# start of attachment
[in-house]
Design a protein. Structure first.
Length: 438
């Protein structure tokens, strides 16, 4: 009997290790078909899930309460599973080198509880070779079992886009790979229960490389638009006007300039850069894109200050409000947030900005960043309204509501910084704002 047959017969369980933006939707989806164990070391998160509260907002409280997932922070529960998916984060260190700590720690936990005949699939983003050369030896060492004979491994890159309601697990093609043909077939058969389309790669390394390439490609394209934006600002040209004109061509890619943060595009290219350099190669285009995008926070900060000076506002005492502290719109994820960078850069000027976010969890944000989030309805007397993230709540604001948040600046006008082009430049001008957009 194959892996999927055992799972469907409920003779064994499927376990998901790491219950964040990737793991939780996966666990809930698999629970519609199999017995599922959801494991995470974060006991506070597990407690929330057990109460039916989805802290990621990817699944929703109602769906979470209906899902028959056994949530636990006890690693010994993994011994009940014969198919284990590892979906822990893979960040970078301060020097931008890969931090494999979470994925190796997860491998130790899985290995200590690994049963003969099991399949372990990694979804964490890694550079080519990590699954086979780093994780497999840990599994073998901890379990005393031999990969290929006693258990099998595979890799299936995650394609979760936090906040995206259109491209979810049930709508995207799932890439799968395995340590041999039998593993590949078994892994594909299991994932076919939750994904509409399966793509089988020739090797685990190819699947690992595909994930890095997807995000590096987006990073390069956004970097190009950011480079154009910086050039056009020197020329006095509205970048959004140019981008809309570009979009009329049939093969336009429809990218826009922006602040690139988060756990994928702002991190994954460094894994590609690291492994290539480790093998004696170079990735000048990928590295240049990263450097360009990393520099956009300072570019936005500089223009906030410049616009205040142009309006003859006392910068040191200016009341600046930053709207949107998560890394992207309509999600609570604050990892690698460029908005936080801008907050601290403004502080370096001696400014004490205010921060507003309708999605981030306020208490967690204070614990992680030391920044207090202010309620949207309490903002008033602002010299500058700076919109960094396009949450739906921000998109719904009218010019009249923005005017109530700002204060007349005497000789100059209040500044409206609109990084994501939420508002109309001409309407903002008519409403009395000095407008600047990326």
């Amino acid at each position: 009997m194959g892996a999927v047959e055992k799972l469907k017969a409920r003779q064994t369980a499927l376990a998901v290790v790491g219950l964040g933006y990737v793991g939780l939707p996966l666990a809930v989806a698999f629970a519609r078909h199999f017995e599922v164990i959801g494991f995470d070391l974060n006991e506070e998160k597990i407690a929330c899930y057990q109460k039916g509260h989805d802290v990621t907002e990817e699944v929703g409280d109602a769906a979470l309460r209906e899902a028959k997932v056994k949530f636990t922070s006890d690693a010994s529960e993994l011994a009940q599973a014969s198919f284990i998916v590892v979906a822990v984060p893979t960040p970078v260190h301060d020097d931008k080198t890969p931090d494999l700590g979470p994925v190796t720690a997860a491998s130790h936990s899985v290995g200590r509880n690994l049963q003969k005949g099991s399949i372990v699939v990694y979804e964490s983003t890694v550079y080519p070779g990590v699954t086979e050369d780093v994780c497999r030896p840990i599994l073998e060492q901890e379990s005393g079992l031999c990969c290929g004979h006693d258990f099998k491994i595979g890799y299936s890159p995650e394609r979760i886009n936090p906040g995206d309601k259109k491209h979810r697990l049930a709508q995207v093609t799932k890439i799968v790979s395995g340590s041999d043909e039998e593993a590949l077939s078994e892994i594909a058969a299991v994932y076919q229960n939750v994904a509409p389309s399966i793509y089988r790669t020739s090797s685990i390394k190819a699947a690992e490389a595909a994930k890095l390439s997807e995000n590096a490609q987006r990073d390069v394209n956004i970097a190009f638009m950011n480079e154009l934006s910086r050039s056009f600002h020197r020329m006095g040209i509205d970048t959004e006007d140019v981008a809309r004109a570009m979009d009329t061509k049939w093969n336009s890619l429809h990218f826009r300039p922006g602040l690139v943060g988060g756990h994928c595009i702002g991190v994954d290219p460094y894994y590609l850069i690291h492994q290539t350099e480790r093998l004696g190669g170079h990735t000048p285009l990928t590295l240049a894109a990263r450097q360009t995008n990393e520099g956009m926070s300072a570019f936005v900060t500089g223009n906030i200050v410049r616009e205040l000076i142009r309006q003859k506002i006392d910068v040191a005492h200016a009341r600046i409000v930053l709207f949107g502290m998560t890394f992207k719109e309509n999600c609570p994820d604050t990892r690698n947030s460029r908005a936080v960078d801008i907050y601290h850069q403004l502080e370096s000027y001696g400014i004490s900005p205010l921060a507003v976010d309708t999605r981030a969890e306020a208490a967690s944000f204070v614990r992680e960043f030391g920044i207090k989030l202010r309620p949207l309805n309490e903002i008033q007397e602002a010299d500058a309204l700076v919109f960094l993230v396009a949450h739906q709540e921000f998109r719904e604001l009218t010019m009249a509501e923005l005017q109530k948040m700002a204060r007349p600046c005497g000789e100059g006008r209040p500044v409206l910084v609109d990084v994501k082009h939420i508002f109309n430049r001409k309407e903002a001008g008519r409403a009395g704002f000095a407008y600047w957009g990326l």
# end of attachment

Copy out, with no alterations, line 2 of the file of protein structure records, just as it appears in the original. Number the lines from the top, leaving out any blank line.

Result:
Design a protein. Structure first.